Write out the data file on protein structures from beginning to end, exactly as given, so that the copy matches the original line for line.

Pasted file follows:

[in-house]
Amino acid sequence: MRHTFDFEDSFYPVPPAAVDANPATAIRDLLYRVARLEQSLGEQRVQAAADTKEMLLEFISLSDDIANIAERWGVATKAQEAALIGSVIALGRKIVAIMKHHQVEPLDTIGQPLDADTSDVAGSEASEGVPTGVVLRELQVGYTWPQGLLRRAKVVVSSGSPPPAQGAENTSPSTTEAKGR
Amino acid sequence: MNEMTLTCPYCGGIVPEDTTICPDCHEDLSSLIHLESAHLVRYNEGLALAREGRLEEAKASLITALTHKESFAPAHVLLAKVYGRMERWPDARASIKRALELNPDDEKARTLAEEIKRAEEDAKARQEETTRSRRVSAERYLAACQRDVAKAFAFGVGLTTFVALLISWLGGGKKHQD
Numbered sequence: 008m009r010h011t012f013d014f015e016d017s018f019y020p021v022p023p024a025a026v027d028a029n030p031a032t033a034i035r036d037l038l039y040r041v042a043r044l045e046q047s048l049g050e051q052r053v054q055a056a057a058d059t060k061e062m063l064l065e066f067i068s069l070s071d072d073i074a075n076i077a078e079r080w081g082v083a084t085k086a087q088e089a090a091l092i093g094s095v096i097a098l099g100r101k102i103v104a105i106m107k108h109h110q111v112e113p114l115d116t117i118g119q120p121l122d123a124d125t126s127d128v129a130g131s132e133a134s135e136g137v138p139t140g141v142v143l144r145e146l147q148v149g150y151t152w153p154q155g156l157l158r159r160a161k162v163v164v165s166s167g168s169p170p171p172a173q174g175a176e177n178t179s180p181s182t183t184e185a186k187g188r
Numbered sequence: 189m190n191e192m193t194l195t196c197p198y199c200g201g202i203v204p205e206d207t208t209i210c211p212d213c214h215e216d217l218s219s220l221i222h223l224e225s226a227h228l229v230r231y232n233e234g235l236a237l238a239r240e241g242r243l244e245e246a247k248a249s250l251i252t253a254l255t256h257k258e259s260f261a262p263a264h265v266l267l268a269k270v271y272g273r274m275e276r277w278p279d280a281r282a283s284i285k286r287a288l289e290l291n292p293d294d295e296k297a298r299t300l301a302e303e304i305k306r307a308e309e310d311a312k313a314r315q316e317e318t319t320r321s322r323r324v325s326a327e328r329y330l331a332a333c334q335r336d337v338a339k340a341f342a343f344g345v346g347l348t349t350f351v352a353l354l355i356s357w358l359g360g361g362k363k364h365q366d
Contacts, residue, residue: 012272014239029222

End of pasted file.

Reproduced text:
[in-house]
Amino acid sequence: MRHTFDFEDSFYPVPPAAVDANPATAIRDLLYRVARLEQSLGEQRVQAAADTKEMLLEFISLSDDIANIAERWGVATKAQEAALIGSVIALGRKIVAIMKHHQVEPLDTIGQPLDADTSDVAGSEASEGVPTGVVLRELQVGYTWPQGLLRRAKVVVSSGSPPPAQGAENTSPSTTEAKGR
Amino acid sequence: MNEMTLTCPYCGGIVPEDTTICPDCHEDLSSLIHLESAHLVRYNEGLALAREGRLEEAKASLITALTHKESFAPAHVLLAKVYGRMERWPDARASIKRALELNPDDEKARTLAEEIKRAEEDAKARQEETTRSRRVSAERYLAACQRDVAKAFAFGVGLTTFVALLISWLGGGKKHQD
Numbered sequence: 008m009r010h011t012f013d014f015e016d017s018f019y020p021v022p023p024a025a026v027d028a029n030p031a032t033a034i035r036d037l038l039y040r041v042a043r044l045e046q047s048l049g050e051q052r053v054q055a056a057a058d059t060k061e062m063l064l065e066f067i068s069l070s071d072d073i074a075n076i077a078e079r080w081g082v083a084t085k086a087q088e089a090a091l092i093g094s095v096i097a098l099g100r101k102i103v104a105i106m107k108h109h110q111v112e113p114l115d116t117i118g119q120p121l122d123a124d125t126s127d128v129a130g131s132e133a134s135e136g137v138p139t140g141v142v143l144r145e146l147q148v149g150y151t152w153p154q155g156l157l158r159r160a161k162v163v164v165s166s167g168s169p170p171p172a173q174g175a176e177n178t179s180p181s182t183t184e185a186k187g188r
Numbered sequence: 189m190n191e192m193t194l195t196c197p198y199c200g201g202i203v204p205e206d207t208t209i210c211p212d213c214h215e216d217l218s219s220l221i222h223l224e225s226a227h228l229v230r231y232n233e234g235l236a237l238a239r240e241g242r243l244e245e246a247k248a249s250l251i252t253a254l255t256h257k258e259s260f261a262p263a264h265v266l267l268a269k270v271y272g273r274m275e276r277w278p279d280a281r282a283s284i285k286r287a288l289e290l291n292p293d294d295e296k297a298r299t300l301a302e303e304i305k306r307a308e309e310d311a312k313a314r315q316e317e318t319t320r321s322r323r324v325s326a327e328r329y330l331a332a333c334q335r336d337v338a339k340a341f342a343f344g345v346g347l348t349t350f351v352a353l354l355i356s357w358l359g360g361g362k363k364h365q366d
Contacts, residue, residue: 012272014239029222